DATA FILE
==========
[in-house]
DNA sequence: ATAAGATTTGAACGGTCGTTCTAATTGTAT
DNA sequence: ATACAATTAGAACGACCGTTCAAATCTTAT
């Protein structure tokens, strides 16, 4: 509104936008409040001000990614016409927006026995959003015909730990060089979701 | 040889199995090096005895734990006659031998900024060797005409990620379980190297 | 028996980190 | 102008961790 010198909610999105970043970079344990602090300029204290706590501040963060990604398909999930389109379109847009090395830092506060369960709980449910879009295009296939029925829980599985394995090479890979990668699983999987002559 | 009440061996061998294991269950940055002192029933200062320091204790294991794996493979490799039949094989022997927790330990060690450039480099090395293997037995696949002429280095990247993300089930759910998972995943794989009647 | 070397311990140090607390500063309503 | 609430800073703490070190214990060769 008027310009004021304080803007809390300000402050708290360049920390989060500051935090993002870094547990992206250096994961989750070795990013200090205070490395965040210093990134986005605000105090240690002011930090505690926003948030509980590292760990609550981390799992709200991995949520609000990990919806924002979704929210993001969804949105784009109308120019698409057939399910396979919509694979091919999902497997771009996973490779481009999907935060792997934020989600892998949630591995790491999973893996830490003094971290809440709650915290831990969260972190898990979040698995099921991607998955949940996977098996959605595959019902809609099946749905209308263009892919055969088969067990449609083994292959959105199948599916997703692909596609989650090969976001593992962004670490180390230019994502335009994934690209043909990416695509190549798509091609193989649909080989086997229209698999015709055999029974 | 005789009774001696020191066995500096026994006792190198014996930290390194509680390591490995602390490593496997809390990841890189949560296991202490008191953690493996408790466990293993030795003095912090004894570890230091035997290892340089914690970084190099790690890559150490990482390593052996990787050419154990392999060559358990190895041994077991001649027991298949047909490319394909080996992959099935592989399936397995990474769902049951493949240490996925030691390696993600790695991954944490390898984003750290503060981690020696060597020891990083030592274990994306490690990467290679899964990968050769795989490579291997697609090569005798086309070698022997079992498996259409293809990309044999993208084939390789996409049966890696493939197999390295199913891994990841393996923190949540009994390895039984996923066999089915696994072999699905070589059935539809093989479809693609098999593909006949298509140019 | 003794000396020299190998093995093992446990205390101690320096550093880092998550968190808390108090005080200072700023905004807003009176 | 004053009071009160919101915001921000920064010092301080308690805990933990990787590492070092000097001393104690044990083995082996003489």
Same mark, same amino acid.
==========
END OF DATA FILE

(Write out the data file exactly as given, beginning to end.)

[in-house]
DNA sequence: ATAAGATTTGAACGGTCGTTCTAATTGTAT
DNA sequence: ATACAATTAGAACGACCGTTCAAATCTTAT
């Protein structure tokens, strides 16, 4: 509104936008409040001000990614016409927006026995959003015909730990060089979701 | 040889199995090096005895734990006659031998900024060797005409990620379980190297 | 028996980190 | 102008961790 010198909610999105970043970079344990602090300029204290706590501040963060990604398909999930389109379109847009090395830092506060369960709980449910879009295009296939029925829980599985394995090479890979990668699983999987002559 | 009440061996061998294991269950940055002192029933200062320091204790294991794996493979490799039949094989022997927790330990060690450039480099090395293997037995696949002429280095990247993300089930759910998972995943794989009647 | 070397311990140090607390500063309503 | 609430800073703490070190214990060769 008027310009004021304080803007809390300000402050708290360049920390989060500051935090993002870094547990992206250096994961989750070795990013200090205070490395965040210093990134986005605000105090240690002011930090505690926003948030509980590292760990609550981390799992709200991995949520609000990990919806924002979704929210993001969804949105784009109308120019698409057939399910396979919509694979091919999902497997771009996973490779481009999907935060792997934020989600892998949630591995790491999973893996830490003094971290809440709650915290831990969260972190898990979040698995099921991607998955949940996977098996959605595959019902809609099946749905209308263009892919055969088969067990449609083994292959959105199948599916997703692909596609989650090969976001593992962004670490180390230019994502335009994934690209043909990416695509190549798509091609193989649909080989086997229209698999015709055999029974 | 005789009774001696020191066995500096026994006792190198014996930290390194509680390591490995602390490593496997809390990841890189949560296991202490008191953690493996408790466990293993030795003095912090004894570890230091035997290892340089914690970084190099790690890559150490990482390593052996990787050419154990392999060559358990190895041994077991001649027991298949047909490319394909080996992959099935592989399936397995990474769902049951493949240490996925030691390696993600790695991954944490390898984003750290503060981690020696060597020891990083030592274990994306490690990467290679899964990968050769795989490579291997697609090569005798086309070698022997079992498996259409293809990309044999993208084939390789996409049966890696493939197999390295199913891994990841393996923190949540009994390895039984996923066999089915696994072999699905070589059935539809093989479809693609098999593909006949298509140019 | 003794000396020299190998093995093992446990205390101690320096550093880092998550968190808390108090005080200072700023905004807003009176 | 004053009071009160919101915001921000920064010092301080308690805990933990990787590492070092000097001393104690044990083995082996003489």
Same mark, same amino acid.